2019 Mornington Peninsula Pinot Gris

A collaboration with one of my absolute favorite winemakers! California-native Sierra Reed and I collided just as the 2018 harvest finished.  We were fast friends and, more importantly, drinking buddies. Sierra is also a small negociant in Australia (though much bigger than Micro WInes), and with her impressive wine-making experiences in Beaujolais, Barolo, Rheingau and California, she works with fruit from around Victoria and the Barossa. We were offered some Pinot Gris from the  Sangue de Terre vineyard in the Balnarring area of the Peninsula.  We were one of the last to pick our Gris, and are working on making something quite textural and weighty.  She is influenced by her time in Germany, and I am constantly waxing on about the Grand Cru Pinot Gris of Alsace.  We should land somewhere in the middle. Check out Sierra's website, and look for her wines across the US and Australia!

2019 Bannockburn Estate Vineyard Shiraz

Back at it! 2019 for most of Australia was about extremes.  Some saw record high temperatures, others record low precipitation.  This year came down to timing.  In Victoria there was a late heat wave just as harvest began, and for grapes like Pinot Noir the optimal ripeness window was open for about 6 hours.  For the later ripening Shiraz, the heatwave didn't have much of an effect on the fruit besides moving up pick-dates a touch.  2019 in Victoria looks like it will be the year of Shiraz. 


The grapes came off about half a baume higher in ripeness than in 2018, so 13% potential alcohol rather than the 12.6%. Skins were a bit thicker this year and more savory than last year, so I reduced the amount of whole cluster to about 15% while pushing the carbonic-maceration phase to 9 days.  Overall, this year I worked the ferment a bit more.  This included more frequent drain and returns with foot stomping occurring at each point, more pump overs and a ferment that got slightly warmer than last year allowing it to build really complex aromas.  The wine was pressed and racked into the same 1200L barrel that the 2018 rested in, though this year I may opt to let it sit a bit longer.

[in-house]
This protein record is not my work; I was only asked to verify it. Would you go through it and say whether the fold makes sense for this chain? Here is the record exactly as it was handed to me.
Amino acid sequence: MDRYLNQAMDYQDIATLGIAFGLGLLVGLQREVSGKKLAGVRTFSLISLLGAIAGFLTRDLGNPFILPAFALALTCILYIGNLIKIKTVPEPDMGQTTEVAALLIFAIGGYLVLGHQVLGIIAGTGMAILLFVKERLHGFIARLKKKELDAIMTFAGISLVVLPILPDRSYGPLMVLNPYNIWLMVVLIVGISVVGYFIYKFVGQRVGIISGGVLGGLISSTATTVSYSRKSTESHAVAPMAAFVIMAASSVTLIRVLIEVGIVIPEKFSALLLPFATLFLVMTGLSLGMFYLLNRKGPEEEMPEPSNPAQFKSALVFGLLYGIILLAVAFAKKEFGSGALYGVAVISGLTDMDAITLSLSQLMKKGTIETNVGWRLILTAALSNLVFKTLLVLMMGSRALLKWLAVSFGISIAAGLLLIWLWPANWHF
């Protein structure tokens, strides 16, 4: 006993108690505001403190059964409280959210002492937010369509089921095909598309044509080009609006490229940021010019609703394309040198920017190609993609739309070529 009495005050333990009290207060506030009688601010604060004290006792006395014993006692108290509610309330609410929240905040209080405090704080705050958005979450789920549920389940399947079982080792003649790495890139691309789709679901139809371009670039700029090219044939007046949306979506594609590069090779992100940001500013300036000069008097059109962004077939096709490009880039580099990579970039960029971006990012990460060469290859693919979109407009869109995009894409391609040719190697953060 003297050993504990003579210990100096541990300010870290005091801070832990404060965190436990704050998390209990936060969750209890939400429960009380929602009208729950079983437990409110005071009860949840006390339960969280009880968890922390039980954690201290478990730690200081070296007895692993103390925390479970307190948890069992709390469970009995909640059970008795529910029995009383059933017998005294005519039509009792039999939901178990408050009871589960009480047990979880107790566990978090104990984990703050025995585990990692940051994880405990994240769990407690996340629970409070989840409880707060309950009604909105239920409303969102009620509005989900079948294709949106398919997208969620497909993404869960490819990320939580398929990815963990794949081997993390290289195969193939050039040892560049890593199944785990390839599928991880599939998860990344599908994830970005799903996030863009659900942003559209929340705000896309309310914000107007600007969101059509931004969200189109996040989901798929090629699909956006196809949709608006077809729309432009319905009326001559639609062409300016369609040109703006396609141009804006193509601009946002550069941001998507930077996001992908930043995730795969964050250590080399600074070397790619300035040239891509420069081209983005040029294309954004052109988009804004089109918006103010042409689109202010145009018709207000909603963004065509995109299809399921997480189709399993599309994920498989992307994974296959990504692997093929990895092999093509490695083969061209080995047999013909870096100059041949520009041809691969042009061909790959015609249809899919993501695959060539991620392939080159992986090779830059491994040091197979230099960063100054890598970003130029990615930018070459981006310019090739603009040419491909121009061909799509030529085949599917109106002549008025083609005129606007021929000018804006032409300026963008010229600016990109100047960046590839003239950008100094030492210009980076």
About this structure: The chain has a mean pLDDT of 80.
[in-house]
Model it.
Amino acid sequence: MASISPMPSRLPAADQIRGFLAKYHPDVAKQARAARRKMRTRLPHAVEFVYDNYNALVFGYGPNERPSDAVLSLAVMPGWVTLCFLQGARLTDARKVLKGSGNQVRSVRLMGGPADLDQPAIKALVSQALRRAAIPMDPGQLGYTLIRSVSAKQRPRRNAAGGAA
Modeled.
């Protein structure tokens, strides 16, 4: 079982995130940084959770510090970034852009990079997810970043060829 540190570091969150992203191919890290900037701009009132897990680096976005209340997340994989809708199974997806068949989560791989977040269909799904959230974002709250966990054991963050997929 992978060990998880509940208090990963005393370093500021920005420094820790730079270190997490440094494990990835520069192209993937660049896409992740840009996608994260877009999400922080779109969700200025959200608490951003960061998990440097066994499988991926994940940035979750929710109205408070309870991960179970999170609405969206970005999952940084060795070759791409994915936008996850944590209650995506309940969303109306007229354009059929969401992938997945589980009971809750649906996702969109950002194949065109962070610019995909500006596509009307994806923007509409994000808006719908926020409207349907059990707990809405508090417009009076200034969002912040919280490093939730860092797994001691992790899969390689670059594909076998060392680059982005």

While the 2018 is fruitfully charming with heady spice notes, this will be a bit more of a regal wine. I expect it to have a more concentrated core of tannin that will provide an ample platform for maturation though still let that Aussie sun shine through. 

2019 Vine Vale Cinsault

2019 was particularly difficult in the Barossa.  A very dry winter, and an even drier spring mixed with early summer hail resulted in some of the lowest yields ever.  The average loss was about 40%. This was then met with one of the hottest summers on record.  This was the year where old-vine material showed how special it was.  


In Vine Vale, the sandy soils sit atop red clay.  Gnarly old vines dig deep through the ground in search of water while their canes sprawl across the ground in an almost self-layering manner. The Barossa Valley vineyard is one of the most remarkable sights.


As yields were down, it only made sense that the new kid on the block miss out on the Grenache fun.  However, Micro Wines' mate Sierra Reed knew of some Cinsault available from the vineyard she sources her Grenache from. 


I was very lucky to get about 650 kilo which will yield about 600 bottles; Cinsault is a pretty high-yielding grape.  More importantly, this wine is looking absolutely perfect.  It is bright, crunchy,  cheerful, and full of zest. It's the kind of wine you can dance to; I cannot wait to get it into bottle, into a glass, and into your mouth!